Central Europe is the region comprising the central part of Europe. It is said to occupy continuous territory that are otherwise conventionally Western Europe, Southern Europe, Eastern Europe; the concept of Central Europe is based on a common historical and cultural identity. Central Europe is going through a phase of "strategic awakening", with initiatives such as the CEI, Centrope and the Visegrád Four. While the region's economy shows high disparities with regard to income, all Central European countries are listed by the Human Development Index as highly developed. Elements of unity for Western and Central Europe were Latin; however Eastern Europe, which remained Eastern Orthodox, was the area of Graeco-Byzantine cultural influence. According to Hungarian historian Jenő Szűcs, foundations of Central European history at the first millennium were in close connection with Western European development, he explained that between the 11th and 15th centuries not only Christianization and its cultural consequences were implemented, but well-defined social features emerged in Central Europe based on Western characteristics.
The keyword of Western social development after millennium was the spread of liberties and autonomies in Western Europe. These phenomena appeared in the middle of the 13th century in Central European countries. There were self-governments of towns and parliaments. In 1335, under the rule of the King Charles I of Hungary, the castle of Visegrád, the seat of the Hungarian monarchs was the scene of the royal summit of the Kings of Poland and Hungary, they agreed to cooperate in the field of politics and commerce, inspiring their post-Cold War successors to launch a successful Central European initiative. In the Middle Ages, countries in Central Europe adopted Magdeburg rights. Before 1870, the industrialization that had developed in Western and Central Europe and the United States did not extend in any significant way to the rest of the world. In Eastern Europe, industrialization lagged far behind. Russia, for example, remained rural and agricultural, its autocratic rulers kept the peasants in serfdom.
The concept of Central Europe was known at the beginning of the 19th century, but its real life began in the 20th century and became an object of intensive interest. However, the first concept mixed science and economy – it was connected with intensively growing German economy and its aspirations to dominate a part of European continent called Mitteleuropa; the German term denoting Central Europe was so fashionable that other languages started referring to it when indicating territories from Rhine to Vistula, or Dnieper, from the Baltic Sea to the Balkans. An example of that-time vision of Central Europe may be seen in J. Partsch's book of 1903. On 21 January 1904, Mitteleuropäischer Wirtschaftsverein was established in Berlin with economic integration of Germany and Austria–Hungary as its main aim. Another time, the term Central Europe became connected to the German plans of political and cultural domination; the "bible" of the concept was Friedrich Naumann's book Mitteleuropa in which he called for an economic federation to be established after the war.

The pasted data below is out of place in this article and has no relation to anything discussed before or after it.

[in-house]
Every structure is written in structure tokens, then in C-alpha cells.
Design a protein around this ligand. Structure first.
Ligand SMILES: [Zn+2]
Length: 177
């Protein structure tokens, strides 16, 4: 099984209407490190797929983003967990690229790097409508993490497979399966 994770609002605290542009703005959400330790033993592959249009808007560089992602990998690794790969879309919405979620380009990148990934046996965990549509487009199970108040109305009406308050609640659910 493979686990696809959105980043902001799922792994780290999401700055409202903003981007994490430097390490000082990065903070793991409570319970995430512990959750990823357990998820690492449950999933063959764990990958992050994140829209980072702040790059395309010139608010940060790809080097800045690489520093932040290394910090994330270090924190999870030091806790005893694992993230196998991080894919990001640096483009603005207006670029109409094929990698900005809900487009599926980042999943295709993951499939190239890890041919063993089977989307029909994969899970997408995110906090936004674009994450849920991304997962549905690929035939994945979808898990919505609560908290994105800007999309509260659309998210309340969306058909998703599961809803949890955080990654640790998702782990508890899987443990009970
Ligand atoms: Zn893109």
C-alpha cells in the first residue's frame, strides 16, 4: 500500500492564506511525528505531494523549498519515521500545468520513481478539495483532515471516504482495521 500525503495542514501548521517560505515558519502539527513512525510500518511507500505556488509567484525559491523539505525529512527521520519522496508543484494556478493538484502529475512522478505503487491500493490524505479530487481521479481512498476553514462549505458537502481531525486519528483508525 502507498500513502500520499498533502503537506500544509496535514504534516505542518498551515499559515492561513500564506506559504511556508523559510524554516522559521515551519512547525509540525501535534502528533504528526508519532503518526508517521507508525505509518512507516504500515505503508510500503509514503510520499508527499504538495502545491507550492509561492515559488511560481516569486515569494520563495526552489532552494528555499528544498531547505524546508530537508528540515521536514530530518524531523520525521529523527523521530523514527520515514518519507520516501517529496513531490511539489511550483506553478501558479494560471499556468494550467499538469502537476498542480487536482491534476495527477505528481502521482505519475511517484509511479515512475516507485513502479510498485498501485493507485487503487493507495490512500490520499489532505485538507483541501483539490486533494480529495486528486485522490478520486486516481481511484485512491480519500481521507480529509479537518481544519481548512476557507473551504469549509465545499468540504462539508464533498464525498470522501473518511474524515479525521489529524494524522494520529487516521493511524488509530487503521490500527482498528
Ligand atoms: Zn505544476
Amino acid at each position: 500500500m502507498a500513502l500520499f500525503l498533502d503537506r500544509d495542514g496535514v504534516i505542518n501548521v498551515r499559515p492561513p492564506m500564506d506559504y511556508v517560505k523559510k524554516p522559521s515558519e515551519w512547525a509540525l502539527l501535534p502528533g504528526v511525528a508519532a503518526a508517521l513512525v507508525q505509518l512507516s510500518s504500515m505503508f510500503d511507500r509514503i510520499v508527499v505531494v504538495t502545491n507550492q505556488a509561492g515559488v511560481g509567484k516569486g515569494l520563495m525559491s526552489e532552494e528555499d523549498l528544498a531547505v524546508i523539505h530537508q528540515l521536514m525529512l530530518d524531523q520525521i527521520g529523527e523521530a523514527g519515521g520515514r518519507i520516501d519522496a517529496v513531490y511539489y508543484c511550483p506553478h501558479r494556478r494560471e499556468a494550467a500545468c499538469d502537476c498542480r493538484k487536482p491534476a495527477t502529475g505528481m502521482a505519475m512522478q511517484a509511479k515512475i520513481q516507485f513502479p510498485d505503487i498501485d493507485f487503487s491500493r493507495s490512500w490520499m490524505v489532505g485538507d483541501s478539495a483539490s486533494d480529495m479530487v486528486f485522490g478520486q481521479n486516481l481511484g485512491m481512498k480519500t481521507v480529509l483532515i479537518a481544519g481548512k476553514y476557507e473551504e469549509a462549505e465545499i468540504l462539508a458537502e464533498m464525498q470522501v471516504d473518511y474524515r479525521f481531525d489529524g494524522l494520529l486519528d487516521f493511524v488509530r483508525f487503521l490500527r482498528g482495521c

Naumann's idea was that the federation would have at its centre Germany and the Austro-Hungarian Empire but would include all European nations outside the Anglo-French alliance, on one side, Russia, on the other. The concept failed after the German defeat in the dissolution of Austria -- Hungary; the revival of the idea may be observed during the Hitler era. According to Emmanuel de Martonne, in 1927 the Central European countries included: Austria, Germany, Poland and Switzerland; the author use both Human and Physical Geographical features to define Central Europe, but he doesn't care about the legal development, the social, economic, infrastructural developments in these countries. The interwar period brought new geopolitical system and economic and political problems, the concept of Central Europe took a different character; the centre of interest was moved to its eastern part – the countries that have appeared on the map of Europe: Czechoslovakia and Poland. Central Europe ceased to be the area of German aspiration to lead or dominate and became a territory of various integration movements aiming at resolving political and national problems of "new" states, being a way to face German and Soviet pressures.
However, the conflict of interests was too big and neither Little Entente nor Intermarium ideas succeeded. The interwar period brought new elements to the concept of Central Europe. Before World War I, it embraced German states, non-German territories being an area of intended German penetration and domination – German leadership position was to be the natural result of economic dominance. After the war, the Eastern part of Central Europe was placed at the centre of the concept. At that time the scientists took an interest in the idea: the International Historical Congress in Brussels in 1923 was committed to Central Europe, the 1933 Congress continued the discussions. Hungarian scholar Magda Adam wrote in her study Versailles System and Central Europe: "Today we know that the bane of Central Europe was the Little Entente, military alliance of Czechoslovakia and Kingdom of Serbs and Slovenes (later Yu